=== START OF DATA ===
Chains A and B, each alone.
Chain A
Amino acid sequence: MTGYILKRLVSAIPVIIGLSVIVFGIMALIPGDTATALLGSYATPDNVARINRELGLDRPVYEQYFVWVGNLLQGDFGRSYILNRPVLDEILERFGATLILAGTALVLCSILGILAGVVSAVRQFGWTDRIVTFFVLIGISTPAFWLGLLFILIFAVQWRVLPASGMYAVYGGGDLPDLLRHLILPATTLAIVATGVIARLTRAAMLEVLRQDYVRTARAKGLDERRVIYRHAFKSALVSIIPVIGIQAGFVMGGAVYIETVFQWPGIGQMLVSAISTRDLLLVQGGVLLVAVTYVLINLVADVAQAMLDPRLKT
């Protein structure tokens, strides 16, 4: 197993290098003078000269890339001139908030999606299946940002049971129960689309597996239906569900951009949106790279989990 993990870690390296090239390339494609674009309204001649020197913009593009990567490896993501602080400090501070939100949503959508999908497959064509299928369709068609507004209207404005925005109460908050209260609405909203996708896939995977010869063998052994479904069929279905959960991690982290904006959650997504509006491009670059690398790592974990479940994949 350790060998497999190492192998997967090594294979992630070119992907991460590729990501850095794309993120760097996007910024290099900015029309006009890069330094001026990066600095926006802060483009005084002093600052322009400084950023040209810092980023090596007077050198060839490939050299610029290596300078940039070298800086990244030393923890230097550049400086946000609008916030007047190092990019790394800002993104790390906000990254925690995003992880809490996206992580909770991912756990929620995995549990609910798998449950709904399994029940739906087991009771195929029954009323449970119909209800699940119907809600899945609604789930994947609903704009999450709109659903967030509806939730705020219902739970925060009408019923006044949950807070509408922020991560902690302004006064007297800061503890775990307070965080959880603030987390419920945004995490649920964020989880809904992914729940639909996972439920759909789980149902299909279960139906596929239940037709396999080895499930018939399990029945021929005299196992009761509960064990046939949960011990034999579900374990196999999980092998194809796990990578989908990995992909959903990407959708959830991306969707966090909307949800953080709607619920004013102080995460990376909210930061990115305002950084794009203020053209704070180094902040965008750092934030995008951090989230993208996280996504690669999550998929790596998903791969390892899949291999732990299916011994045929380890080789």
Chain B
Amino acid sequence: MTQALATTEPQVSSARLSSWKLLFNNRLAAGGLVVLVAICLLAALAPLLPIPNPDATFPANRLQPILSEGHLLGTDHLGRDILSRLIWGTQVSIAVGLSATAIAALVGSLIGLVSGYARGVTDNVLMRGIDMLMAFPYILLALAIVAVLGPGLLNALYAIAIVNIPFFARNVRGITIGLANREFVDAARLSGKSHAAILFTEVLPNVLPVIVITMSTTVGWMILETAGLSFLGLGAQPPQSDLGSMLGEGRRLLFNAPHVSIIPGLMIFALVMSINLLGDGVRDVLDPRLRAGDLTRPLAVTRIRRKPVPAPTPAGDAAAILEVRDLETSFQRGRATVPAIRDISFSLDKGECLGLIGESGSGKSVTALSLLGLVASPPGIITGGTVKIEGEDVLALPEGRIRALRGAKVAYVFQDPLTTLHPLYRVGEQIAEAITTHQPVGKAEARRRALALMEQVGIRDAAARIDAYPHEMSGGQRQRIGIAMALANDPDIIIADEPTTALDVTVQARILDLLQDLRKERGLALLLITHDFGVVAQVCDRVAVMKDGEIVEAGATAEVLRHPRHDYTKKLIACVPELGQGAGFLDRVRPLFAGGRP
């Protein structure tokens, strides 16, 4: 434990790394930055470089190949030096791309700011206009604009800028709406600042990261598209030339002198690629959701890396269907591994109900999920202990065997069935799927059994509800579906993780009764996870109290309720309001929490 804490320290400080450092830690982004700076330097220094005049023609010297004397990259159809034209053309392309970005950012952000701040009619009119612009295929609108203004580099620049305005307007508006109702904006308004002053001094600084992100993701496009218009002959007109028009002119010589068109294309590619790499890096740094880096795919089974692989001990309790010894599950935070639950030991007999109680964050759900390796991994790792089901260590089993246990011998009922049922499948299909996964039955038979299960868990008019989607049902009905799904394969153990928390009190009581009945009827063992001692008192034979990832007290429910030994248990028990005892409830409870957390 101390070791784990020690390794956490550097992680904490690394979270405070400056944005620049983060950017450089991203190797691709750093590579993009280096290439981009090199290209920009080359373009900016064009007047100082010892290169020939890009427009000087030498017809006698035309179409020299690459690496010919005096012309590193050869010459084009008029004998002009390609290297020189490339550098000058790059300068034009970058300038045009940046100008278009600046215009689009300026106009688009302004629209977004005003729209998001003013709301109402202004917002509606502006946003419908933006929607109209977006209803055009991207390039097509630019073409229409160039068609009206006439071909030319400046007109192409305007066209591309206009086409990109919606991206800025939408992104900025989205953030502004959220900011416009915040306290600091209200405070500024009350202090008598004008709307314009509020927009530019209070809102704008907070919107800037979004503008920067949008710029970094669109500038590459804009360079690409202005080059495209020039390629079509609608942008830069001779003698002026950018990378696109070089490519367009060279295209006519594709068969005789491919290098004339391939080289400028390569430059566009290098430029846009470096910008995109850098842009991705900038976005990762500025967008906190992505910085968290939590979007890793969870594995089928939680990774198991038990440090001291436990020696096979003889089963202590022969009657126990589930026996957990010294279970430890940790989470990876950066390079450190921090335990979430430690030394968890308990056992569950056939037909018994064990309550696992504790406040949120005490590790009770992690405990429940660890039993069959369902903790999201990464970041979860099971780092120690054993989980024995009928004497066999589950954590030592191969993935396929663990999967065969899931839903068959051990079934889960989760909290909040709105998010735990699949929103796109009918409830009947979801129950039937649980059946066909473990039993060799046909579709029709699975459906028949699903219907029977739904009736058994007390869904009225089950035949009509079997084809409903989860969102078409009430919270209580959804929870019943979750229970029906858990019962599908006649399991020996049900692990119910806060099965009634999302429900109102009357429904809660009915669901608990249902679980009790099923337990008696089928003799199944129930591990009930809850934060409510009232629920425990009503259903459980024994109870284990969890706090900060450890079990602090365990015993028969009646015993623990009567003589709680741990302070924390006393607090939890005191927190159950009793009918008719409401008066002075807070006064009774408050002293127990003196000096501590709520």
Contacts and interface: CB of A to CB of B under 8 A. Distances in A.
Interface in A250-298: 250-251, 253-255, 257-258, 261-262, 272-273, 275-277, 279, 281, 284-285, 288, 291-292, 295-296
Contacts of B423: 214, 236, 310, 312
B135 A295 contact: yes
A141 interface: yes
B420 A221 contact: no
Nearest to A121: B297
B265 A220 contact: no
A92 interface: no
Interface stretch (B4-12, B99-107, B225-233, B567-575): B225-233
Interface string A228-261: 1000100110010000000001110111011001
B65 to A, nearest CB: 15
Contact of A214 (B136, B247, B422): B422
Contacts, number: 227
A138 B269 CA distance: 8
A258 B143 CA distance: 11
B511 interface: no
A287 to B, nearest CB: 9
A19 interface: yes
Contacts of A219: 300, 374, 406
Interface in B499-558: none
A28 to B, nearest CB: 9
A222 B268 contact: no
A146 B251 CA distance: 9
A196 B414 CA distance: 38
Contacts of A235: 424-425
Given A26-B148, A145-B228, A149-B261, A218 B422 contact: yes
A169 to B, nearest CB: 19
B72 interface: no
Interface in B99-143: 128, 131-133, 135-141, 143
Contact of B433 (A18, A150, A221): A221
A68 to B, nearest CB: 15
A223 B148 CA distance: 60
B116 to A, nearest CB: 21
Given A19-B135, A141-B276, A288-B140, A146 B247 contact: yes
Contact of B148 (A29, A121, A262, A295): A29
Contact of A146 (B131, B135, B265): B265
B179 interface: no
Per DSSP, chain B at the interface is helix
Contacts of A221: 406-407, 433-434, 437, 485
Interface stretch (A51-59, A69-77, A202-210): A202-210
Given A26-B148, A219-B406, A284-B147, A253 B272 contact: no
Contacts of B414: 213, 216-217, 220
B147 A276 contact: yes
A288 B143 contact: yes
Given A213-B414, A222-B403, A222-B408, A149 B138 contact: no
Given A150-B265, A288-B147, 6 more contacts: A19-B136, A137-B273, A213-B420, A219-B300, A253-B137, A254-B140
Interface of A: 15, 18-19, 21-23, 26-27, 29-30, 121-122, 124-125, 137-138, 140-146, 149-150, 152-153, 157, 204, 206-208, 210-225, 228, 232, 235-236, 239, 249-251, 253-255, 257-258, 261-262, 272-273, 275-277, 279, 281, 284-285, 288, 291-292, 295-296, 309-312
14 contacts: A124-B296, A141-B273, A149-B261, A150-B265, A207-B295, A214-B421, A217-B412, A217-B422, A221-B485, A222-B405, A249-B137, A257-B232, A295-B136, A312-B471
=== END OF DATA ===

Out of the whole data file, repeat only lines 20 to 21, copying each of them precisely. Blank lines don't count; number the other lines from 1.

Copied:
Contact of A214 (B136, B247, B422): B422
Contacts, number: 227